For that reason, learning to use a parser lib could well be worth your while. In order for you to be able to keep using your structs, just write a simple wrapper around the lib you choose.
You can then separate that code, compile and link it independently, which will make it easier to maintain, too.

Here's a link to a decent lib for you to use, but google around, there's many to choose from.

Something else I'd like to say, even though this is "risky advice": don't blindly rely on mem-leaks reported by valgrind. Valgrind is a mature tool, of course, and it's very valuable, but false positives aren't unheard of.
Besides, unfreed pointers are, in many (if not most) cases not the cause of leaks. An unclosed file pointer, for example is far more likely to cause leaks.
In fact, after a quick search this came up, read the answer + links. It talks about what the job of free actually is, and how it rarely returns memory to the OS. It also explicitly states that you shouldn't call free at the end of your program. By That, they don't mean: it's bad of you to do so, but they're saying that: it shouldn't be required of you, the OS should be able to reclaim the memory.

And indeed, most modern OS's will in fact reclaim un-freed pointers the moment a process terminates. When those pointers can in fact be NULL pointers, then it's also best to check before calling free.
Perhaps you've heard this before, but calling free on an uninitialized pointer is dangerous, and outright wrong. Calling free on a NULL pointer is deemed safe (as in no undefined behaviour), but it's a pointless function call. Choosing to write something in C often implies writing time-critical applications, so any pointless function call is to be avoided.
Couple that to what I've said before: most OS's being able to reclaim unfreed memory and you will, I hope, understand that I would alter code like this:

int main ( void )
{
    char * my_buffer = malloc(20000 * sizeof *my_buffer);
    //do stuff
    if (request_clear_buffer())
        free(my_buffer);
    //do more stuff
    free(my_buffer);//<== DANGER
    return 0;
}

To look like this, when I get my hands on it:

int main ( void )
{
    char * my_buffer = malloc(20000 * sizeof *my_buffer);
    //do stuff
    if (my_buffer && request_clear_buffer() == true)
    {
        free(my_buffer);
        my_buffer = NULL;//<-- safety first
    }
    //do more stuff
    /**
     * Uncomment if you want, but free before return on our system
     * is pointless, system will reclaim memory just fine
     *
     * if (my_buffer) free(my_buffer);
     */
    return 0;
}

Of course, if this code is ever to be used in other projects, and I don't know what system it'll be running under, I will uncomment the code. But on most OS's, there really is no need to do so.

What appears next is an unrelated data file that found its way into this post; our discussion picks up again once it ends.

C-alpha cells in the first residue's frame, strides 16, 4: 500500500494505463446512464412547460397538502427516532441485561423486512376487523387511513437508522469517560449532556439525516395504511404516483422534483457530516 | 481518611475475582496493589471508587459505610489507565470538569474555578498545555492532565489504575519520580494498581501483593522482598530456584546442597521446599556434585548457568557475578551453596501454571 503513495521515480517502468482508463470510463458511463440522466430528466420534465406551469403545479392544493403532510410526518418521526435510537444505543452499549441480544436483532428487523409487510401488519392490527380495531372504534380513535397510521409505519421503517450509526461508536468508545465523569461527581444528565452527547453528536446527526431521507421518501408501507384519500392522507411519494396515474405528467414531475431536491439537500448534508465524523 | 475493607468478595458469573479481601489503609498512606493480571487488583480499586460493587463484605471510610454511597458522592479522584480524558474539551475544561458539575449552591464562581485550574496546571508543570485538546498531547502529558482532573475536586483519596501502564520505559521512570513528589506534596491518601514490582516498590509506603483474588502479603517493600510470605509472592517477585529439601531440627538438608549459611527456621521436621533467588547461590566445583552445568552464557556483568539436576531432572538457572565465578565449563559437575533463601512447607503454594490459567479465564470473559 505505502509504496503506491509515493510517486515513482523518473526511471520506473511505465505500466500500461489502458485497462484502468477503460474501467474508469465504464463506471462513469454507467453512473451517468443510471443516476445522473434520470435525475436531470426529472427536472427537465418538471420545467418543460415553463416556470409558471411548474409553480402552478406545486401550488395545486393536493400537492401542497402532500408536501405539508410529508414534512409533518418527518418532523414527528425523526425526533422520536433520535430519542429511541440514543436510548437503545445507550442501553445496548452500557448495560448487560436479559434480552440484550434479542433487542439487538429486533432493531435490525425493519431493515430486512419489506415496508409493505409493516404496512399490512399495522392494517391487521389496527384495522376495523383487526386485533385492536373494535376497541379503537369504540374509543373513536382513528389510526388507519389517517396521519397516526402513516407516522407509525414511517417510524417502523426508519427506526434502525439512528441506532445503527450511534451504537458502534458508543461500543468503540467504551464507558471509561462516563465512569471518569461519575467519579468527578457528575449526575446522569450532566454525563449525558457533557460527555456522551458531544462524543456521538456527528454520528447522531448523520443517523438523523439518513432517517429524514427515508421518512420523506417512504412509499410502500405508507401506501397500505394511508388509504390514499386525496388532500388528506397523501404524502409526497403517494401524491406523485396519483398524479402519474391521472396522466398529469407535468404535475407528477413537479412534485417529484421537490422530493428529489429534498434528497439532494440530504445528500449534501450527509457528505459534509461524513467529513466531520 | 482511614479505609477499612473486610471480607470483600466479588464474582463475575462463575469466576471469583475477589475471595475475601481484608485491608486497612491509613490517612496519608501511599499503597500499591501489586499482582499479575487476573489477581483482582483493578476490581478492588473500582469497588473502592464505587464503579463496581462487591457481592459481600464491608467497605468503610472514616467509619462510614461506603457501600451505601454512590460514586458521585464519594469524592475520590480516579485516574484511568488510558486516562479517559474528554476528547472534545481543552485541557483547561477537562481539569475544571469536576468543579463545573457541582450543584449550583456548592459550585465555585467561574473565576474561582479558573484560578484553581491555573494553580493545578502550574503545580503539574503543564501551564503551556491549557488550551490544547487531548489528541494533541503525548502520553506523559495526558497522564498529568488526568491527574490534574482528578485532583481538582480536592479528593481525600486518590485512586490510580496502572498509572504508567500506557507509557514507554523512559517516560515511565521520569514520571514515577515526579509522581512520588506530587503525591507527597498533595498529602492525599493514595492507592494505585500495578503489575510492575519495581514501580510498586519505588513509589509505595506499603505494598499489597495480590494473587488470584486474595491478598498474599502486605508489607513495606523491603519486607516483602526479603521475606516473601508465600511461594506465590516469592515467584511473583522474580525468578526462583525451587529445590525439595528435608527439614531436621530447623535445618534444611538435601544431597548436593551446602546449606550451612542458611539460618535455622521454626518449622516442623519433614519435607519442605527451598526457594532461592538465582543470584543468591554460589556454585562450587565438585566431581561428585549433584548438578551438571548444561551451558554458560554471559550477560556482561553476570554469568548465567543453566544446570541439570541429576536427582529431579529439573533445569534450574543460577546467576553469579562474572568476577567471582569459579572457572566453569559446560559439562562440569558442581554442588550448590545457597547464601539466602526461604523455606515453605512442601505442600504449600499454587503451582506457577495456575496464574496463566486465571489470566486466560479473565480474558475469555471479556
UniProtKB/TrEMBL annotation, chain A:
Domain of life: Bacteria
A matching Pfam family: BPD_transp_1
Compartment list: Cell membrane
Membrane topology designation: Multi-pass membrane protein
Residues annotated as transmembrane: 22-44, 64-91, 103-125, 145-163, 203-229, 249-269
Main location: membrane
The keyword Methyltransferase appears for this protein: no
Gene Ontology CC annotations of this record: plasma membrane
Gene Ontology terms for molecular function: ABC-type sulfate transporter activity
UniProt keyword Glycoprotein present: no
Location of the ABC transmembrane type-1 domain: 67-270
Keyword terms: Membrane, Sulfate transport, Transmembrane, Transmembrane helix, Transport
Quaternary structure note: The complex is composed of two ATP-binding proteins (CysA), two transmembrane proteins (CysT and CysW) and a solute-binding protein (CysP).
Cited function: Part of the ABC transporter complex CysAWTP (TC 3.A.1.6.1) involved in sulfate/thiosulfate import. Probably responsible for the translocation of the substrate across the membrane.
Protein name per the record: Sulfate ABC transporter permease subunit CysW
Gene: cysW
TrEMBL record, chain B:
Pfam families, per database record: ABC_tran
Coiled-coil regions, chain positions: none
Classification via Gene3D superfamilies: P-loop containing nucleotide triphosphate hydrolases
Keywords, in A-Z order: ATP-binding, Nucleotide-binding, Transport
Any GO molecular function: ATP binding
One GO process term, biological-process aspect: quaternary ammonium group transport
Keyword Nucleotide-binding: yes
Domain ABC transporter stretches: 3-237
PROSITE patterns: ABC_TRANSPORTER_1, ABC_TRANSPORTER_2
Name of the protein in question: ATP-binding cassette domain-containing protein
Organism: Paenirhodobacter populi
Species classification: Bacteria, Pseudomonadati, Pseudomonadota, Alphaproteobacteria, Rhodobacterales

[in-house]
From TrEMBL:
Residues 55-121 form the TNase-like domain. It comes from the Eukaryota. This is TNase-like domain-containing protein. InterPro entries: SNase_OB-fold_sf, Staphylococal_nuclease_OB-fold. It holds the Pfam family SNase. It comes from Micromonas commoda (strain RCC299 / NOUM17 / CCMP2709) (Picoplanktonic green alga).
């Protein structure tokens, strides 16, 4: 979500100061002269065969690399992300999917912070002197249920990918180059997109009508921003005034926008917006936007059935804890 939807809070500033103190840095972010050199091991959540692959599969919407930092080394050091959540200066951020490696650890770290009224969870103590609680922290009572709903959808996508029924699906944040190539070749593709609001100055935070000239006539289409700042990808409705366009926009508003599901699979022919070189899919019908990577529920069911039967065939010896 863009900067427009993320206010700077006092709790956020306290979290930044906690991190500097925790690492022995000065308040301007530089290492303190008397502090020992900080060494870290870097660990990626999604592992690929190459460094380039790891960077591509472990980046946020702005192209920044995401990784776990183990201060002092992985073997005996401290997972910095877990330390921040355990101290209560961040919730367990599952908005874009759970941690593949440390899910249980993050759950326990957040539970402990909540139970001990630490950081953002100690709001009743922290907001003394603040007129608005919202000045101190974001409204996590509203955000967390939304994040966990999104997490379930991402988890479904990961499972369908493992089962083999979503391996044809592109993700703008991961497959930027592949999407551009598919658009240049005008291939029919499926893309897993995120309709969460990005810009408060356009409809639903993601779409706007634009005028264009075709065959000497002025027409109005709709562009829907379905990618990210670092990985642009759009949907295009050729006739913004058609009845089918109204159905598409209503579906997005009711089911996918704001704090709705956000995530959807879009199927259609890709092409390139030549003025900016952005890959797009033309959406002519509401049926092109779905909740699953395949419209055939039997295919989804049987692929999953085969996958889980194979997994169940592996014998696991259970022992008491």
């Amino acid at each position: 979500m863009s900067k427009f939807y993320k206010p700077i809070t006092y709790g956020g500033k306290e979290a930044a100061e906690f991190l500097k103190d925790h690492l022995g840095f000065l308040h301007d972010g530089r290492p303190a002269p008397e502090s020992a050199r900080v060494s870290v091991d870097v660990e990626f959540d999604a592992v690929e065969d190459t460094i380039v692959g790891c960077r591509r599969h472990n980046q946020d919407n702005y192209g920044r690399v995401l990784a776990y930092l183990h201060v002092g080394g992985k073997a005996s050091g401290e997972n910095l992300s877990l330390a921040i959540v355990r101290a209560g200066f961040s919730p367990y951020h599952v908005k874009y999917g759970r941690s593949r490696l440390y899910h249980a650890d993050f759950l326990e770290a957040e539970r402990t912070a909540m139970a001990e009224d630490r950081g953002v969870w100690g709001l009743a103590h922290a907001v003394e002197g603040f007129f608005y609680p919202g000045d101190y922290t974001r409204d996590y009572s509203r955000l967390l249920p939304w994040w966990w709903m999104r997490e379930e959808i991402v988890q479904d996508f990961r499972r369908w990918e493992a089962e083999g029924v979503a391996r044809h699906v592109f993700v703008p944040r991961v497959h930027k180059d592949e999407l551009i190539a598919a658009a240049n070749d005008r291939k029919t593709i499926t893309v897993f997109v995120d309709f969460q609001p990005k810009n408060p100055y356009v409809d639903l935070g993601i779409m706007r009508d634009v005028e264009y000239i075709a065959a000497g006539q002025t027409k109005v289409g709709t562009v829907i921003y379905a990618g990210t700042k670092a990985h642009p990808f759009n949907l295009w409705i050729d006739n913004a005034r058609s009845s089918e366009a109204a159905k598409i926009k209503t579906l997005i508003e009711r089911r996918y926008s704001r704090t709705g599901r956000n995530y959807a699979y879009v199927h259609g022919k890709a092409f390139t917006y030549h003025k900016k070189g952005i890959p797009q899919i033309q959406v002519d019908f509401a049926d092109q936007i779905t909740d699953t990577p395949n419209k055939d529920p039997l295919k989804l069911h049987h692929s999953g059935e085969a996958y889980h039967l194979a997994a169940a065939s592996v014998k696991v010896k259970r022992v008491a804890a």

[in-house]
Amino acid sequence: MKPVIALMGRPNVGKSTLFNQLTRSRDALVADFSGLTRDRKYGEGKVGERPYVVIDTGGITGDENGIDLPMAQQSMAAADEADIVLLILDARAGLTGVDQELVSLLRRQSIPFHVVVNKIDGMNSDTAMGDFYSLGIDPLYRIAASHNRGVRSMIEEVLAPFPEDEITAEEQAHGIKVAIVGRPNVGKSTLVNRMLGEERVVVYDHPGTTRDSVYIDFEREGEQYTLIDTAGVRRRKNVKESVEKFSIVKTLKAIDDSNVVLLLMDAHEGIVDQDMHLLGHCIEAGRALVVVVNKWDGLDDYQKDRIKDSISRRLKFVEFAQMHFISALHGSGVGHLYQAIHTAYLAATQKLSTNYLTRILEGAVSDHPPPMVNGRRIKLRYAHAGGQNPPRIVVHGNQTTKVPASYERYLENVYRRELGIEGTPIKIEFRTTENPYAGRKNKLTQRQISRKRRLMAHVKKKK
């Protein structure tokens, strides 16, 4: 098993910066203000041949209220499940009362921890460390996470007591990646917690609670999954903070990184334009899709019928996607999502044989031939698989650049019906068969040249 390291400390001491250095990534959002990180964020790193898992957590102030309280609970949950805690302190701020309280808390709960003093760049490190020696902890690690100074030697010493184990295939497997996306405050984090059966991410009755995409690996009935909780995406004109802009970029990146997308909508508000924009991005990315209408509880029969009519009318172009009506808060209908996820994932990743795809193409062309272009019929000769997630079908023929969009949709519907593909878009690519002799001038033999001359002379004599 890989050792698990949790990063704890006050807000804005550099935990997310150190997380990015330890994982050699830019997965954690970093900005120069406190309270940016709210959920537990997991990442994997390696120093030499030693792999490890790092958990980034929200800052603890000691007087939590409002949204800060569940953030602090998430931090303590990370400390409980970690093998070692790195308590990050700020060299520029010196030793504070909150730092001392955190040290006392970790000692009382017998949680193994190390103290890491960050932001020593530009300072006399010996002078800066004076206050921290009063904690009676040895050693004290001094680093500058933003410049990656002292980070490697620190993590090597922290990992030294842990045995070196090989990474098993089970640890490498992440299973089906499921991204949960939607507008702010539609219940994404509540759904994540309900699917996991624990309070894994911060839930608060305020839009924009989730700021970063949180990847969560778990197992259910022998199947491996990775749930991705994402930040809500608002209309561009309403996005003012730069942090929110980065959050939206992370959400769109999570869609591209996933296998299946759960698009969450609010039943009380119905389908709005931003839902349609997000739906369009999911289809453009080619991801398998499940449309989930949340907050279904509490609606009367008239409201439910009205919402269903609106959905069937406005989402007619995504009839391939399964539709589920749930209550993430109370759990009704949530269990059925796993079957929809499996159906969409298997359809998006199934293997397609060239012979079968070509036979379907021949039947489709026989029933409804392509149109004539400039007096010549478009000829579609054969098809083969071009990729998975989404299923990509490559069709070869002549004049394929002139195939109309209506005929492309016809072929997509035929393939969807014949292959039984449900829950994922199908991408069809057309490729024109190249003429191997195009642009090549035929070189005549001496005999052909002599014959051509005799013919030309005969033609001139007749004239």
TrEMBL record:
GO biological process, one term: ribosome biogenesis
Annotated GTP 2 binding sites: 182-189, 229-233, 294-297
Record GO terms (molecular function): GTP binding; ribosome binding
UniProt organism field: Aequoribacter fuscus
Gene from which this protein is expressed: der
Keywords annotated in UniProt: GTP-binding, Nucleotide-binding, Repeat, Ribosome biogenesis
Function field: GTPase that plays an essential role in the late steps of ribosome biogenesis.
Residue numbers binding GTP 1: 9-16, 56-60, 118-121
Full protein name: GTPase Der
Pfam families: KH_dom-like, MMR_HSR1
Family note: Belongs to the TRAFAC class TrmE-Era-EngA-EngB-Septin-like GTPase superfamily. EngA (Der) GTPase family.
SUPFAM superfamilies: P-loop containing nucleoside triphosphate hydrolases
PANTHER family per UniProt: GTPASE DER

You may be wondering why I said this to be risky advice, and why people keep saying how "every malloc/calloc/realloc call must be accompanied by a free call". That's simple: it's not because, at some point you need to allocate memory that that chunk of memory will be required for as long as your program runs.
The reason why free is an important function is because it allows you, as programmer, to use heap memory, and release it as soon as you're done playing with it. If you never do so, the program's memory usage will just grow and grow, right up to the point where either the heap is depleted or the program exits. Only at that point, all of the memory you claimed will be freed again.
That's why malloc without free is deemed bad practice.

share|improve this answer

Ad hoc string searching is a poor substitute for parsing the headers according to RFC 2616. That is, you should split the request by CRNL line breaks. For the first line, look for three space-separated words. On subsequent lines, look for a field name, followed by a :, followed by the field value.

As currently written, your code could get fooled by a request that looks like:

POST /KFC/CHICKEN_NUGGETS.jpg HTTP/1.0
Host: example.com

or by

GET /wiki/List_of_HTTP_status_codes HTTP/1.0
Host: en.wikipedia.org

What you call the "Query String", the RFC calls the "URI". RFC 3986 defines the Query String to be the part of the URI that follows a ? and precedes a # (if it exists). To avoid confusion, you should use the commonly accepted vocabulary.

share|improve this answer
    
Good point on the parsing according to RFC recommendations. Hope you don't mind my adding that to my answer –  Elias Van Ootegem Apr 8 at 10:16
    
@EliasVanOotegem Answers don't need to be all-encompassing; short answers are perfectly fine, and encouraged. –  200_success Apr 8 at 10:44
    
Nips, I didn't get that memo. My answers tend to be quite verbose, I know. However your point was too important not to mention in my answer, too. hence the +1, but I'll stop editing my answer meanwhile before it's long enough to be published as a booklet –  Elias Van Ootegem Apr 8 at 10:56